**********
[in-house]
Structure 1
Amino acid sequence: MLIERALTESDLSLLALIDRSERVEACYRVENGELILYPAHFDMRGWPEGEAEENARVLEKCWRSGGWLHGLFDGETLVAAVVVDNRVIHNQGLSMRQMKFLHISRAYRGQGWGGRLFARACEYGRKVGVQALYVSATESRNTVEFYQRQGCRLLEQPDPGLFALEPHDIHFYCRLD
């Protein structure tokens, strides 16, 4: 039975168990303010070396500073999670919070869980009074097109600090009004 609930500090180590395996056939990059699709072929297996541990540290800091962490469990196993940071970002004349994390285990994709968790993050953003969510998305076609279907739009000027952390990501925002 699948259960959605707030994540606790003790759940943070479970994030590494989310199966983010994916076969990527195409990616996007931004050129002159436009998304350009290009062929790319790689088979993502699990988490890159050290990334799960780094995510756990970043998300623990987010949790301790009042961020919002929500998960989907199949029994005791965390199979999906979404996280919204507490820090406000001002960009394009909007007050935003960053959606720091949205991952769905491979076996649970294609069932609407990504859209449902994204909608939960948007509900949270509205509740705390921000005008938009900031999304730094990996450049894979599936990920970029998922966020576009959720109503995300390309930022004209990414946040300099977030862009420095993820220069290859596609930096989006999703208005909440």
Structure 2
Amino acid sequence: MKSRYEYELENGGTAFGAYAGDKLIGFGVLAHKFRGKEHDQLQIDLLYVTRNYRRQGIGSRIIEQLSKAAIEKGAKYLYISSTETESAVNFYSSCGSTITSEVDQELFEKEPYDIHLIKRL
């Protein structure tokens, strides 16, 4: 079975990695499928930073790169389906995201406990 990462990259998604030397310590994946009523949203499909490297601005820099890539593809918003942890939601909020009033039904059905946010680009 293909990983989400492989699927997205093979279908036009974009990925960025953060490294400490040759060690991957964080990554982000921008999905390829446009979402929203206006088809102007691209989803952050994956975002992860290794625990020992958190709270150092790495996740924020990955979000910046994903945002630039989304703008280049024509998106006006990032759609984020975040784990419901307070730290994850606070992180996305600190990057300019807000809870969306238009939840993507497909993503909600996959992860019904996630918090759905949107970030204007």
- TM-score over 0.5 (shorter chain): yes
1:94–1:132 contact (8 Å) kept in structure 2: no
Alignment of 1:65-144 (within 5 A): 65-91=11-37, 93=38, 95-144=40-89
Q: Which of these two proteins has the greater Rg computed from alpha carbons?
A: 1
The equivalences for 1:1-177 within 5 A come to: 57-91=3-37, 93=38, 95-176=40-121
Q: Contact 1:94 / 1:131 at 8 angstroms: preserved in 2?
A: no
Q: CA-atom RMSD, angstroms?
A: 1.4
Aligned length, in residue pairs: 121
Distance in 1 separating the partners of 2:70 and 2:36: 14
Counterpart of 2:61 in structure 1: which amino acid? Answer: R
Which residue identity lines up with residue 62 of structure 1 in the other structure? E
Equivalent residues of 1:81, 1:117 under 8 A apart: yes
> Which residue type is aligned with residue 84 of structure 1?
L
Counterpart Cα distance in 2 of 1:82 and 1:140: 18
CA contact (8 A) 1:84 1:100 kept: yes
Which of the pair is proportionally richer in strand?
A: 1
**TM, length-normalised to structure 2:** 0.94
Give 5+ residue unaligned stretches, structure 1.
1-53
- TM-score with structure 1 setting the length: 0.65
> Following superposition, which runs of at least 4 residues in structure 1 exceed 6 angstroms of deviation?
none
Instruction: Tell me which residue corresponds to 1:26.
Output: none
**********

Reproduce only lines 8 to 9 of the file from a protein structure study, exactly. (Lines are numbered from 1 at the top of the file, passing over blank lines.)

- TM-score over 0.5 (shorter chain): yes
1:94–1:132 contact (8 Å) kept in structure 2: no